by Heather Mayer
, DOTmed News Reporter | September 02, 2010
Unlike other cancer therapies, the alpha particles do little damage to the white blood cells, found deep in the bone tissue, explained Mirzadeh.
"Normally, you go through the healthy cells to get to the tumor," he said, but with these alpha emitters there is relatively little damage.
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Moves to test these medical isotopes on humans in the United States are here but somewhat behind Europe, and making the drug commercially available is a long time off, said Atcher.
"We're several years away from having a product that's going to be used routinely in clinics," he said.
But now that the isotopes are available, the researchers are trying to come up with "clever" ways of using them to treat cancer, said PNNL's Fisher.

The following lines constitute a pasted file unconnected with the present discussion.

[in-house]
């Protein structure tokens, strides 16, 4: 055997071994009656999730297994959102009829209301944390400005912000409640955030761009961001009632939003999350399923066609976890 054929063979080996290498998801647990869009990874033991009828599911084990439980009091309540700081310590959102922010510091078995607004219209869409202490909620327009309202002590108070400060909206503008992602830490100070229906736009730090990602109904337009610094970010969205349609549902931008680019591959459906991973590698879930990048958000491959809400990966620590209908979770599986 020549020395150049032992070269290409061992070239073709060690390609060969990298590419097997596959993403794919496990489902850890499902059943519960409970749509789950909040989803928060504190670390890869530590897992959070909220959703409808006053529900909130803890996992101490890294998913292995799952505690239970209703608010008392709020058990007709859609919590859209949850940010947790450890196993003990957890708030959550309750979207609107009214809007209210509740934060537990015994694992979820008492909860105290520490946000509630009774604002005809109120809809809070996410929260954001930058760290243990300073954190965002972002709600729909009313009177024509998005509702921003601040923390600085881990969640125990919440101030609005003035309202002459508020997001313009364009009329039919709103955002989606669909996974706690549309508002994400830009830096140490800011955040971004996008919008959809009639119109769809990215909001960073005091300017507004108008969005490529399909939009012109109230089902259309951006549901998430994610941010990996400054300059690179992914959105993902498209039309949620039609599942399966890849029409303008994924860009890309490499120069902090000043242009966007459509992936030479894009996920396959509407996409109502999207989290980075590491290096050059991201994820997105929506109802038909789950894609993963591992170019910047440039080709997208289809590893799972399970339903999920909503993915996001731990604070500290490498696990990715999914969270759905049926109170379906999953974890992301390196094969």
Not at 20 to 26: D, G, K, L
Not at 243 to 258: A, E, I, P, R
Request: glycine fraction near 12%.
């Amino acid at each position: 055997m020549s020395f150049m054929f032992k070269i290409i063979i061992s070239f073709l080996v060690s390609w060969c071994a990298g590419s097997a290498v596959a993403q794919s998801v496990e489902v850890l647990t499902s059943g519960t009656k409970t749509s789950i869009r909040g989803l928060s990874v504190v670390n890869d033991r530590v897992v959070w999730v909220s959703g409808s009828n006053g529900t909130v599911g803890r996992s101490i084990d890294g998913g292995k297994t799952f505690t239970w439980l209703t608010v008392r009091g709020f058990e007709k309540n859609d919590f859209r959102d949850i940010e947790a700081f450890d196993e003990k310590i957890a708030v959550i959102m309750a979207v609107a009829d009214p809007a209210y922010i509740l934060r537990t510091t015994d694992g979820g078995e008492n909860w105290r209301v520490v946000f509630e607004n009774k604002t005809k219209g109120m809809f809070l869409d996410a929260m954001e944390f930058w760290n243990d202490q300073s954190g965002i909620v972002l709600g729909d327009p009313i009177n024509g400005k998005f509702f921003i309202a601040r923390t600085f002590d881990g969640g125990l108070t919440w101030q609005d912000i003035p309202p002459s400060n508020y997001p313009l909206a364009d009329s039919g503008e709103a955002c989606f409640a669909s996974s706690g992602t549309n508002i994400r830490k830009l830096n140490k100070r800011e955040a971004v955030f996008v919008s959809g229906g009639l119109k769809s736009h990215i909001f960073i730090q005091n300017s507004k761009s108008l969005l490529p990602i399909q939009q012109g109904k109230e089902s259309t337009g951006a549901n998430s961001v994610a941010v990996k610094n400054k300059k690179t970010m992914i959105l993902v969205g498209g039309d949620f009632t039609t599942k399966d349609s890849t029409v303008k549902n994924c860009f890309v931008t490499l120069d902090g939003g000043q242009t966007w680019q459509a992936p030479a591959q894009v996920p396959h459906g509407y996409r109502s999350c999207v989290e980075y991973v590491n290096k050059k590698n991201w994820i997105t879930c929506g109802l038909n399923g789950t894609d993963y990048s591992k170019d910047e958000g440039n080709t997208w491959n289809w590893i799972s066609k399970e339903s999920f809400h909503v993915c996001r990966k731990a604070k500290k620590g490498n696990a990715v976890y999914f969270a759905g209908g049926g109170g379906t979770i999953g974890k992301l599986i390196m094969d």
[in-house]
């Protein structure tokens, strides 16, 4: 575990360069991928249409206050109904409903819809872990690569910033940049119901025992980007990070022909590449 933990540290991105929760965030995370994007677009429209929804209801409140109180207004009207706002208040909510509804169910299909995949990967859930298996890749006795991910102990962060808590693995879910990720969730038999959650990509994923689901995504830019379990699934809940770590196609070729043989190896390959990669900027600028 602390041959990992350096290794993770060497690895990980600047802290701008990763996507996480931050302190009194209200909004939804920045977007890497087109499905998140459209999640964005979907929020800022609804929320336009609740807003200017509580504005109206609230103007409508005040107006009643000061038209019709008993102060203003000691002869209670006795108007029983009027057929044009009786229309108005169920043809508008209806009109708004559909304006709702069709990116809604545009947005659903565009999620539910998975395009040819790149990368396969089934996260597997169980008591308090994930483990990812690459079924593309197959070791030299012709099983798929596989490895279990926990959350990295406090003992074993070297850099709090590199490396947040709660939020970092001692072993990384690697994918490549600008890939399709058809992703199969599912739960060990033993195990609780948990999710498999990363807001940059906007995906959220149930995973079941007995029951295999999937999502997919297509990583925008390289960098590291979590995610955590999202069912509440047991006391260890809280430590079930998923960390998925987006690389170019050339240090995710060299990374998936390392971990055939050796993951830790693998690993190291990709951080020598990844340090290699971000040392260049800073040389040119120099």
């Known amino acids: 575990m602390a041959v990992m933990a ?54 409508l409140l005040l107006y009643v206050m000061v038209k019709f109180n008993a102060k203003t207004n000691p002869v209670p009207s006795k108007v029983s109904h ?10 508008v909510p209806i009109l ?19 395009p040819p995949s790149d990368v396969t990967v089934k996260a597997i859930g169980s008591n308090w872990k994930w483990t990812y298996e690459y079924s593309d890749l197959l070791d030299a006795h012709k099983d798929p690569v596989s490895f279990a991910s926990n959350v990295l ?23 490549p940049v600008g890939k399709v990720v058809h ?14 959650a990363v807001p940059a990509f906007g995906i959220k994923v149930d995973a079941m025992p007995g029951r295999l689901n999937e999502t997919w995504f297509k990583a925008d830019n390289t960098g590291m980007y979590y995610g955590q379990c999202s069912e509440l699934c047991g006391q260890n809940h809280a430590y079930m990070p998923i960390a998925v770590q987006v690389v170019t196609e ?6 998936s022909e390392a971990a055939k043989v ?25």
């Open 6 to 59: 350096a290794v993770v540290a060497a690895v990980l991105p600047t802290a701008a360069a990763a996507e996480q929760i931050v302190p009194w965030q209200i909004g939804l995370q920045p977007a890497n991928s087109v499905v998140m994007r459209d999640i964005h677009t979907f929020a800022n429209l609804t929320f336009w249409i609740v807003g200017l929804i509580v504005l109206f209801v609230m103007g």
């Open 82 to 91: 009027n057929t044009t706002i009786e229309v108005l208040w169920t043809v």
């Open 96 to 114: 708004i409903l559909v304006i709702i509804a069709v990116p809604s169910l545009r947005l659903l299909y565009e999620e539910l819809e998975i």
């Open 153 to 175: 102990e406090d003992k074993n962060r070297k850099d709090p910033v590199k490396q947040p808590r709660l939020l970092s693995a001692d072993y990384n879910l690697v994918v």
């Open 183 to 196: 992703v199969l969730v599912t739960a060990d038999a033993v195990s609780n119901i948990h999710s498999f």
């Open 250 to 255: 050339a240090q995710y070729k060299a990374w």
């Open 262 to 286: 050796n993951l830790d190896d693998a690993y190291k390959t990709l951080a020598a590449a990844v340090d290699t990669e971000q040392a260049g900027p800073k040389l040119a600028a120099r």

The alpha particles "are the most potent agents we have for treating cancer," he said.
Fisher pointed out that the costs of these medical isotopes are unknown at the moment, but he predicts they should be less than other alpha emitters. The government's DOE will be the one to determine cost, he said.
But the DOE's labs are ramping up for human trials now that the U.S. Food and Drug Administration has given the green light.
"At that point, if they start human trials here, we will need much more radium-223," said Mirzadeh. "That's where PNNL and ORNL come into the picture." Back to HCB News